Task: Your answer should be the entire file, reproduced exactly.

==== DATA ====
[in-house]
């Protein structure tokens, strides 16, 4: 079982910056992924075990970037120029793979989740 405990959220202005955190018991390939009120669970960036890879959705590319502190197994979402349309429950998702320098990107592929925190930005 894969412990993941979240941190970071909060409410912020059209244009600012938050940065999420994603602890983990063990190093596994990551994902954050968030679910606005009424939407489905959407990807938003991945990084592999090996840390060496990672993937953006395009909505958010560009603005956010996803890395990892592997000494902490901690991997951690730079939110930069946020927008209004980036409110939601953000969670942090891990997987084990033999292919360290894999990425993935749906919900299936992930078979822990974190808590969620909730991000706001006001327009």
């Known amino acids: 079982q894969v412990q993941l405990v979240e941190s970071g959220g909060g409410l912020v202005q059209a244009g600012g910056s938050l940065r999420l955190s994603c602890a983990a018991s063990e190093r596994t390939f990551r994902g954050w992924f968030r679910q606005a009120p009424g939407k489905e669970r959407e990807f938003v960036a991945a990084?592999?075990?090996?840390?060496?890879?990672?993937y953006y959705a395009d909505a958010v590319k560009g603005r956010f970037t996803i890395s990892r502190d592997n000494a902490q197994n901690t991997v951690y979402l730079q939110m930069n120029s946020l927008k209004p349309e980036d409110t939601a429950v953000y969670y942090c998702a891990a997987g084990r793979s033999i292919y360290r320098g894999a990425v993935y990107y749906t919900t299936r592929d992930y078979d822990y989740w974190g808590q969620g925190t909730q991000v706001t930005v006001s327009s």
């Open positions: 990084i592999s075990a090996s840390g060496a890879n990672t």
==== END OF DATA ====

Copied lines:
[in-house]
């Protein structure tokens, strides 16, 4: 079982910056992924075990970037120029793979989740 405990959220202005955190018991390939009120669970960036890879959705590319502190197994979402349309429950998702320098990107592929925190930005 894969412990993941979240941190970071909060409410912020059209244009600012938050940065999420994603602890983990063990190093596994990551994902954050968030679910606005009424939407489905959407990807938003991945990084592999090996840390060496990672993937953006395009909505958010560009603005956010996803890395990892592997000494902490901690991997951690730079939110930069946020927008209004980036409110939601953000969670942090891990997987084990033999292919360290894999990425993935749906919900299936992930078979822990974190808590969620909730991000706001006001327009």
């Known amino acids: 079982q894969v412990q993941l405990v979240e941190s970071g959220g909060g409410l912020v202005q059209a244009g600012g910056s938050l940065r999420l955190s994603c602890a983990a018991s063990e190093r596994t390939f990551r994902g954050w992924f968030r679910q606005a009120p009424g939407k489905e669970r959407e990807f938003v960036a991945a990084?592999?075990?090996?840390?060496?890879?990672?993937y953006y959705a395009d909505a958010v590319k560009g603005r956010f970037t996803i890395s990892r502190d592997n000494a902490q197994n901690t991997v951690y979402l730079q939110m930069n120029s946020l927008k209004p349309e980036d409110t939601a429950v953000y969670y942090c998702a891990a997987g084990r793979s033999i292919y360290r320098g894999a990425v993935y990107y749906t919900t299936r592929d992930y078979d822990y989740w974190g808590q969620g925190t909730q991000v706001t930005v006001s327009s």
């Open positions: 990084i592999s075990a090996s840390g060496a890879n990672t």